|Part of a series on|
Asado (Spanish: [aˈsaðo]) is the technique and the social event of having or attending a barbecue in various South American countries, especially Argentina, Chile, Paraguay and Uruguay where it is also a traditional event. An asado usually consists of beef, pork, chicken, chorizo, and morcilla which are cooked on a grill, called a parrilla, or an open fire. Generally the meats are accompanied by red wine and salads. This meat is prepared by a person who is the assigned asador or parrillero.
Large herds of wild cattle roamed much of the pampa region of Argentina until the mid-nineteenth century. Inhabitants of the Río de la Plata, especially the equestrian gaucho, developed a fondness for beef, especially asado, which is roasted beef (or lamb or goat). The meat, often a side of ribs, is skewered on a metal frame called an asador and is roasted by placing it next to a slow-burning fire. Gauchos favored cooking asado with the wood of the quebracho tree because it smokes very little. Asado, accompanied by mate, formed the basis of the gaucho diet.
Usually the asador begins by igniting the charcoal, which is often made of native trees, avoiding pines and eucalyptus as they have strong-smelling resins. In more sophisticated asados the charcoal is of a specific tree or made on the coal of recently burned wood, which is also commonplace when having an asado in a campfire. In Uruguay, charcoal is not used, but instead direct embers or hot coals.
Cooking can be done al asador or a la parrilla. In the first case, a fire is lit on the ground or in a fire pit and surrounded by metal crosses (asadores) that hold the entire carcass of an animal splayed open to receive the heat from the fire. In the second case, a fire is made and after the charcoal has formed, a grill with the meat is placed over it.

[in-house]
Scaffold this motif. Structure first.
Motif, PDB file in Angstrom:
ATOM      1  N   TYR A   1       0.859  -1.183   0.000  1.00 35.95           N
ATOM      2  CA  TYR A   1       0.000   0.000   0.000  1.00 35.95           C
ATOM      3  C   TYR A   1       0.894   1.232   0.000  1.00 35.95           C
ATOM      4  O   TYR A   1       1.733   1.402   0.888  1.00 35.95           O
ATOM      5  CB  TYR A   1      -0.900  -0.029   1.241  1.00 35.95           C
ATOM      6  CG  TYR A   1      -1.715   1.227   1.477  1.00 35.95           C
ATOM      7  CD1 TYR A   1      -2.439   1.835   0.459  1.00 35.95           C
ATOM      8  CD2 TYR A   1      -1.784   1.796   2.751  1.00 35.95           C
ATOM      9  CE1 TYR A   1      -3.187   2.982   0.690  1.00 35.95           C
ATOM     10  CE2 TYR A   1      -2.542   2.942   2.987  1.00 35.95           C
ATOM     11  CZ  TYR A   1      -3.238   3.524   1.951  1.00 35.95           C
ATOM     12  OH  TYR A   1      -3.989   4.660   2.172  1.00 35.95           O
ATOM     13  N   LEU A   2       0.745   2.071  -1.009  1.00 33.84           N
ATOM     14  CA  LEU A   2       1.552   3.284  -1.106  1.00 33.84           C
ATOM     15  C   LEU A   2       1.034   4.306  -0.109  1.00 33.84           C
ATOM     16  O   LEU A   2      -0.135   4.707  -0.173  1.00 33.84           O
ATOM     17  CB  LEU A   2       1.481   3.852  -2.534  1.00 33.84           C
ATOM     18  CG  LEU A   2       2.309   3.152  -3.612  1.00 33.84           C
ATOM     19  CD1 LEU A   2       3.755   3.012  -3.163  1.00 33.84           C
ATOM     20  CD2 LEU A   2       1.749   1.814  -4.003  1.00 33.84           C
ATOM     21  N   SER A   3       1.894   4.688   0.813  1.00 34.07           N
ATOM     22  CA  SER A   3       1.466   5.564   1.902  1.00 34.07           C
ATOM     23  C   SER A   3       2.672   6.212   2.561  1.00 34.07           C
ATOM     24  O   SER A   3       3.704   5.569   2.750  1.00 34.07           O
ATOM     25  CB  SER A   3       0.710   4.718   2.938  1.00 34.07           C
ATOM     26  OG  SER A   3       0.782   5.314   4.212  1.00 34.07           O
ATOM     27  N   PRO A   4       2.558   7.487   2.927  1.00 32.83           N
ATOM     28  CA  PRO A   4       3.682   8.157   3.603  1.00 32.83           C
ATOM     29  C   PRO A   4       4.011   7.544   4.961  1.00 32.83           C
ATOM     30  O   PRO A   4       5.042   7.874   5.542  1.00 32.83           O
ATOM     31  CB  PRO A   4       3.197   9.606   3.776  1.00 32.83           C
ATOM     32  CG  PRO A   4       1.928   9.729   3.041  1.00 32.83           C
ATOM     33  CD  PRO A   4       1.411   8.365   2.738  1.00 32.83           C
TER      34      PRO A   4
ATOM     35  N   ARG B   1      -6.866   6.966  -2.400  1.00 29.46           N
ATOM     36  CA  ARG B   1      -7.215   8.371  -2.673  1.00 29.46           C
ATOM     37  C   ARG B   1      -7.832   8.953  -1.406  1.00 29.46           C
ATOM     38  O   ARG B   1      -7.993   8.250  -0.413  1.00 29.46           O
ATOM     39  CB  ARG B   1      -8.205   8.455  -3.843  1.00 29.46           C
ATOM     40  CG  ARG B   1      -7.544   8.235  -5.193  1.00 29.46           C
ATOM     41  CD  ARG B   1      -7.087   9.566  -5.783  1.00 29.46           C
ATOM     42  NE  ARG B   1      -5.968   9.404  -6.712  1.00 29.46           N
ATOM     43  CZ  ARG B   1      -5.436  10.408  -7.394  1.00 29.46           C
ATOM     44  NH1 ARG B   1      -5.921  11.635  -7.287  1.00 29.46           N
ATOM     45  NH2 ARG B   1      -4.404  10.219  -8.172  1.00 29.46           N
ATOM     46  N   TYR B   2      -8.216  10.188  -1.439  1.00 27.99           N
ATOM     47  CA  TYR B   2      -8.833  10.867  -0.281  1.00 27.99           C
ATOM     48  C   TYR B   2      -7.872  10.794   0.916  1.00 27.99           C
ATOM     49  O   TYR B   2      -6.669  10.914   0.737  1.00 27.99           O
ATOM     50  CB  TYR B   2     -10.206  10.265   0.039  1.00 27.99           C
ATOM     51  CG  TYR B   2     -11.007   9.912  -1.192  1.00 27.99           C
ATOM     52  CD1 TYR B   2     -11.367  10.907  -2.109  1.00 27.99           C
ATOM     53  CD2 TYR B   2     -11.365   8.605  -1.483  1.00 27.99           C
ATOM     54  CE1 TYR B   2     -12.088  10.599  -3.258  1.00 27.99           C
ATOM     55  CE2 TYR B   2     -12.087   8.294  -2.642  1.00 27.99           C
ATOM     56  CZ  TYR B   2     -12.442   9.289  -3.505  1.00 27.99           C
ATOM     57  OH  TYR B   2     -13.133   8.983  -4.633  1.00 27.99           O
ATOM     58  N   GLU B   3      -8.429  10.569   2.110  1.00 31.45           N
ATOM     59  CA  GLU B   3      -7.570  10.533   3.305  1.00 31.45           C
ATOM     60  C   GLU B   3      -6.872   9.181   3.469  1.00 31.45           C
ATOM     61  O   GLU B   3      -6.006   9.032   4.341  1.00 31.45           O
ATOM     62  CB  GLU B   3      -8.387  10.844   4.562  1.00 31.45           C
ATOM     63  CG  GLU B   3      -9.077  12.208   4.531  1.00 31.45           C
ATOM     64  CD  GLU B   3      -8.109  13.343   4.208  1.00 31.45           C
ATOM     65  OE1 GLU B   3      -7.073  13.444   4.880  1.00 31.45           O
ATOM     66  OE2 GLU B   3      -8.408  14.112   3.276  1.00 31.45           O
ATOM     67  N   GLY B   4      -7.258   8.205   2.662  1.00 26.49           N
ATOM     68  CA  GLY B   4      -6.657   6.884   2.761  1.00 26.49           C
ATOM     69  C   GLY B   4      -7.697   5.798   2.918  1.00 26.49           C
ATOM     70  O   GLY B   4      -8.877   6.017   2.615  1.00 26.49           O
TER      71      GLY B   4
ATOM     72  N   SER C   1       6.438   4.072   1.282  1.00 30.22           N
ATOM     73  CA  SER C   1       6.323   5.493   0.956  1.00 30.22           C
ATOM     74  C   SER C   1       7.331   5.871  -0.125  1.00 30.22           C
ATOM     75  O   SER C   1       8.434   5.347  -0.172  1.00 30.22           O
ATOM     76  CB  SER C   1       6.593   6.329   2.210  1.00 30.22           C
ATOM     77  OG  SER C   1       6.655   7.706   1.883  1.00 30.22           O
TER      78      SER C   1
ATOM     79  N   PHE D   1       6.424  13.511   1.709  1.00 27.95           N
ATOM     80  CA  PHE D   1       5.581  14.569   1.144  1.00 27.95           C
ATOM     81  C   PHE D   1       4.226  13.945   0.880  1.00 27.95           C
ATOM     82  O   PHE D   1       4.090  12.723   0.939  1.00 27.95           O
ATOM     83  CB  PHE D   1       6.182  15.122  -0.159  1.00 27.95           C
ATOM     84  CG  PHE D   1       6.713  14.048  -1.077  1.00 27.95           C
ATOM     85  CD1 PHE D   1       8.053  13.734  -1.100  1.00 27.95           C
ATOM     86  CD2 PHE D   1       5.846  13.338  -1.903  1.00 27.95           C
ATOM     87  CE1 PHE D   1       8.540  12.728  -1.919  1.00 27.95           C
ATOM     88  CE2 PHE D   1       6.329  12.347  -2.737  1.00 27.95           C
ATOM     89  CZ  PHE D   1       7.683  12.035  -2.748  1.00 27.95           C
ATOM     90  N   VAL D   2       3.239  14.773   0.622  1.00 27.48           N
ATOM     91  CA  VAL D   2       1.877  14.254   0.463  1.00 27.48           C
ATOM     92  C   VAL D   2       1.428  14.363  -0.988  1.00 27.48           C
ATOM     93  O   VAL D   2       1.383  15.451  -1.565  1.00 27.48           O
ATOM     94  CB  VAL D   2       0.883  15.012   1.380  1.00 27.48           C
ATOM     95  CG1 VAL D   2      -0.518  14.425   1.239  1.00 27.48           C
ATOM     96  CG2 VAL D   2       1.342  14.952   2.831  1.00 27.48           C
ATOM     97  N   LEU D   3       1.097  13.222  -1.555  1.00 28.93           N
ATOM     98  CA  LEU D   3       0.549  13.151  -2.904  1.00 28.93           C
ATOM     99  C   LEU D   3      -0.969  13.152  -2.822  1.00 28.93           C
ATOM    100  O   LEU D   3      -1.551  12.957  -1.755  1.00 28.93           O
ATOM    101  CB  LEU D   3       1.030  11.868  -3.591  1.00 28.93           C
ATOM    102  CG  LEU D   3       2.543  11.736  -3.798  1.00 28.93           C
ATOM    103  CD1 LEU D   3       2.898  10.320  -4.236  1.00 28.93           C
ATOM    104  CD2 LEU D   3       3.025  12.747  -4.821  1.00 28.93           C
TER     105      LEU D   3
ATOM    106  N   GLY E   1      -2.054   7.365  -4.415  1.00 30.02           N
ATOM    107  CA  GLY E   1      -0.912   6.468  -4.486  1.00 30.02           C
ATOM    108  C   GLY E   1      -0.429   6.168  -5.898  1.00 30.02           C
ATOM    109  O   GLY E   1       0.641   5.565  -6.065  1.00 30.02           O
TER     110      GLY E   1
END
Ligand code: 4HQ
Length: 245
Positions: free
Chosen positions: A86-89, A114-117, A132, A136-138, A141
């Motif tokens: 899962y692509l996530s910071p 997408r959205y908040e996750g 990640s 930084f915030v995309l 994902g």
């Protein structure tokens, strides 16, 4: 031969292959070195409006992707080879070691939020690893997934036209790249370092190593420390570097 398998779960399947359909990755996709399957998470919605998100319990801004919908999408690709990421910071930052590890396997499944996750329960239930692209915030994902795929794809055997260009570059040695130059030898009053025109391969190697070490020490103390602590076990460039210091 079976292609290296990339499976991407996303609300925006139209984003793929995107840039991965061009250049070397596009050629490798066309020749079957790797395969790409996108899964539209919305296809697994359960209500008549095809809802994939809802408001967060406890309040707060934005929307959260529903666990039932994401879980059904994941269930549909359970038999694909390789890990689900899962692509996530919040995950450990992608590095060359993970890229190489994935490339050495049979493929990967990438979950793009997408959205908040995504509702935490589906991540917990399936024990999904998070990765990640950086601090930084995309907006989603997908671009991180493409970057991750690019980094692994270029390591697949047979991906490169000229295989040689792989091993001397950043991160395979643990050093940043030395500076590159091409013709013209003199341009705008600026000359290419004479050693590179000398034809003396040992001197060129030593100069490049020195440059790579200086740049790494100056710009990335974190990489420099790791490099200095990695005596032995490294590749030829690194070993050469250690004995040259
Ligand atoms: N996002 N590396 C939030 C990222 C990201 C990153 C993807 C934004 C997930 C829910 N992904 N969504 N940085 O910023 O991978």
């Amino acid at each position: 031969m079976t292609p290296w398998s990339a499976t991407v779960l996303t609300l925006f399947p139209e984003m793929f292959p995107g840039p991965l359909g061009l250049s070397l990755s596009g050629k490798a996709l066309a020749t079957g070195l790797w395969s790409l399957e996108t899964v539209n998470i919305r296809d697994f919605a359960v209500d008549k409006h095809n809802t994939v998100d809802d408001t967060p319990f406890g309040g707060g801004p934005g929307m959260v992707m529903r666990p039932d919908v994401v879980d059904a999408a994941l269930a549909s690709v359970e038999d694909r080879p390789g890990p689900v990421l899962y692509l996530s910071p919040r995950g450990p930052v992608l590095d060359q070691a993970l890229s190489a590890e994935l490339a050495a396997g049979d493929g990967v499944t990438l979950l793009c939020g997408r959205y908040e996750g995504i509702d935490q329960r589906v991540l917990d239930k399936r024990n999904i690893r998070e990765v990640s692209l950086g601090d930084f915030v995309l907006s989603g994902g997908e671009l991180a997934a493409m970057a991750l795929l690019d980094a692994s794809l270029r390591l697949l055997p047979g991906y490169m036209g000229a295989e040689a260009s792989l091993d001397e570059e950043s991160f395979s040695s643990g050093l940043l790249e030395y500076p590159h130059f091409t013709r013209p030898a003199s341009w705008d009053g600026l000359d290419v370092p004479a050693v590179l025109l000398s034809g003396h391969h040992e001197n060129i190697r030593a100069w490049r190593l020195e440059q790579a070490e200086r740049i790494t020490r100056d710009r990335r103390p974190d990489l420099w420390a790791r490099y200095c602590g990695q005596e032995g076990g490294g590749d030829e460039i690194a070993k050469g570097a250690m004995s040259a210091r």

In many asados, chorizos, morcillas (black pudding), chinchulines (cow chitterlings), mollejas (sweetbreads), and other organs, often accompanied by provoleta, would be served first while the cuts that require longer preparations are still on the grill. Sometimes these are served on a charcoal brasero. Chorizos may be served with pan felipe or baguette bread, often called choripán.
After appetizers, costillas or asado de tira (ribs) can be served. Next comes vacío (flank steak), matambre and possibly chicken and chivito (goatling). Dishes such as pamplona, pork, and Patagonian lamb are becoming more frequent, particularly in restaurants. An asado also includes bread, a simple mixed salad of, for instance, lettuce, tomato, and onions, or it could be accompanied with verdurajo (grilled vegetables), a mixture made of potatoes, corn, onion, and eggplant cooked on the grill and seasoned with olive oil and salt. Beer, wine, soft drink, and other beverages are common. Dessert is usually fresh fruit.
Another traditional form to mainly roast the meat, used in Patagonia, is with the whole animal (especially lamb and pork) in a wood stick nailed in the ground and exposed to the heat of live coals, called asado al palo.
The meat for an asado is not marinated, the only preparation being the application of salt before or during the cooking period. Also, the heat and distance from the coals are controlled to provide a slow cooking; it usually takes around two hours to cook asado. Further, grease from the meat is not encouraged to fall on the coals and create smoke which would adversely flavour the meat. In some asados the area directly under the meat is kept clear of coals.
The asado is usually placed in a tray to be immediately served, but it can also be placed on a brasero right on the table to keep the meat warm. Chimichurri, a sauce of chopped parsley, dried oregano, garlic, salt, black pepper, onion, and paprika with olive oil, or salsa criolla, a sauce of tomato and onion in vinegar, are common accompaniments to an asado, where they are traditionally used on the offal, but not the steaks.
Food is often accompanied by salads, which in asado gatherings are traditionally made by women on site or brought to the asado from their homes while the men focus on the meats. Salad Olivier (ensalada rusa) is one of the most common salads served at asados. In Paraguay Chipa Guasu, sopa paraguaya and boiled manioc as a side dish is also served.